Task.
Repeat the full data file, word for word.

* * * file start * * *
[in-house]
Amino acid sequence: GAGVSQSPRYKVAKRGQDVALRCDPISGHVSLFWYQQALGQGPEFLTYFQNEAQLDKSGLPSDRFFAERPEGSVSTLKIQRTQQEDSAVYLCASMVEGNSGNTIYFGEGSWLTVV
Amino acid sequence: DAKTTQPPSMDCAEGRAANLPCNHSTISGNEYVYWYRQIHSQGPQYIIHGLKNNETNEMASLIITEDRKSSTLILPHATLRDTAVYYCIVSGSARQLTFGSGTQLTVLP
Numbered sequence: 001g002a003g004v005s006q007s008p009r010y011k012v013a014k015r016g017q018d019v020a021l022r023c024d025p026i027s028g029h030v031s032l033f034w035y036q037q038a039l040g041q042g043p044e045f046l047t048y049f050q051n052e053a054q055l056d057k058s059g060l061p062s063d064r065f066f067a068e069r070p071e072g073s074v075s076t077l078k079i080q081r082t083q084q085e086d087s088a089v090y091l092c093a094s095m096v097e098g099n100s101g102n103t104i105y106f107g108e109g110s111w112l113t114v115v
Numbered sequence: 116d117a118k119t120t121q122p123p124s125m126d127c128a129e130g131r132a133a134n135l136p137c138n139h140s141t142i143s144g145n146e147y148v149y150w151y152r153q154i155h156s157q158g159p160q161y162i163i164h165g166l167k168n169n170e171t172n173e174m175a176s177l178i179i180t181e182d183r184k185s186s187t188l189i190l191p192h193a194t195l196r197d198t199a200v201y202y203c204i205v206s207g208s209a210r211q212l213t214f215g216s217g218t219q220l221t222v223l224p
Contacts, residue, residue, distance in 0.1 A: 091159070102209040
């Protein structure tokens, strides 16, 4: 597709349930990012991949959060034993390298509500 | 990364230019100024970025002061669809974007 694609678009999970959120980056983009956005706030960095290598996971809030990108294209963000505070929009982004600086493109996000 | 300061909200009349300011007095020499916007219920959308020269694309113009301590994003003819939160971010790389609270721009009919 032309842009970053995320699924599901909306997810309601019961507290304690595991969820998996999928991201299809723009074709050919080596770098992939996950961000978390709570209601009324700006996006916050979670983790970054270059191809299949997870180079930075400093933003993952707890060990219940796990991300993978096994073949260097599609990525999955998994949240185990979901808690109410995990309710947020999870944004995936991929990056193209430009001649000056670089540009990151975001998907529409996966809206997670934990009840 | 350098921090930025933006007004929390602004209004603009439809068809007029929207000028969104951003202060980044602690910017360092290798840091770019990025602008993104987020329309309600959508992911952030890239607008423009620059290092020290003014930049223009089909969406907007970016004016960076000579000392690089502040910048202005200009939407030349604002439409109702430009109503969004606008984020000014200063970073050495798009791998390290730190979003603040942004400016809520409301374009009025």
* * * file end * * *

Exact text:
[in-house]
Amino acid sequence: GAGVSQSPRYKVAKRGQDVALRCDPISGHVSLFWYQQALGQGPEFLTYFQNEAQLDKSGLPSDRFFAERPEGSVSTLKIQRTQQEDSAVYLCASMVEGNSGNTIYFGEGSWLTVV
Amino acid sequence: DAKTTQPPSMDCAEGRAANLPCNHSTISGNEYVYWYRQIHSQGPQYIIHGLKNNETNEMASLIITEDRKSSTLILPHATLRDTAVYYCIVSGSARQLTFGSGTQLTVLP
Numbered sequence: 001g002a003g004v005s006q007s008p009r010y011k012v013a014k015r016g017q018d019v020a021l022r023c024d025p026i027s028g029h030v031s032l033f034w035y036q037q038a039l040g041q042g043p044e045f046l047t048y049f050q051n052e053a054q055l056d057k058s059g060l061p062s063d064r065f066f067a068e069r070p071e072g073s074v075s076t077l078k079i080q081r082t083q084q085e086d087s088a089v090y091l092c093a094s095m096v097e098g099n100s101g102n103t104i105y106f107g108e109g110s111w112l113t114v115v
Numbered sequence: 116d117a118k119t120t121q122p123p124s125m126d127c128a129e130g131r132a133a134n135l136p137c138n139h140s141t142i143s144g145n146e147y148v149y150w151y152r153q154i155h156s157q158g159p160q161y162i163i164h165g166l167k168n169n170e171t172n173e174m175a176s177l178i179i180t181e182d183r184k185s186s187t188l189i190l191p192h193a194t195l196r197d198t199a200v201y202y203c204i205v206s207g208s209a210r211q212l213t214f215g216s217g218t219q220l221t222v223l224p
Contacts, residue, residue, distance in 0.1 A: 091159070102209040
């Protein structure tokens, strides 16, 4: 597709349930990012991949959060034993390298509500 | 990364230019100024970025002061669809974007 694609678009999970959120980056983009956005706030960095290598996971809030990108294209963000505070929009982004600086493109996000 | 300061909200009349300011007095020499916007219920959308020269694309113009301590994003003819939160971010790389609270721009009919 032309842009970053995320699924599901909306997810309601019961507290304690595991969820998996999928991201299809723009074709050919080596770098992939996950961000978390709570209601009324700006996006916050979670983790970054270059191809299949997870180079930075400093933003993952707890060990219940796990991300993978096994073949260097599609990525999955998994949240185990979901808690109410995990309710947020999870944004995936991929990056193209430009001649000056670089540009990151975001998907529409996966809206997670934990009840 | 350098921090930025933006007004929390602004209004603009439809068809007029929207000028969104951003202060980044602690910017360092290798840091770019990025602008993104987020329309309600959508992911952030890239607008423009620059290092020290003014930049223009089909969406907007970016004016960076000579000392690089502040910048202005200009939407030349604002439409109702430009109503969004606008984020000014200063970073050495798009791998390290730190979003603040942004400016809520409301374009009025």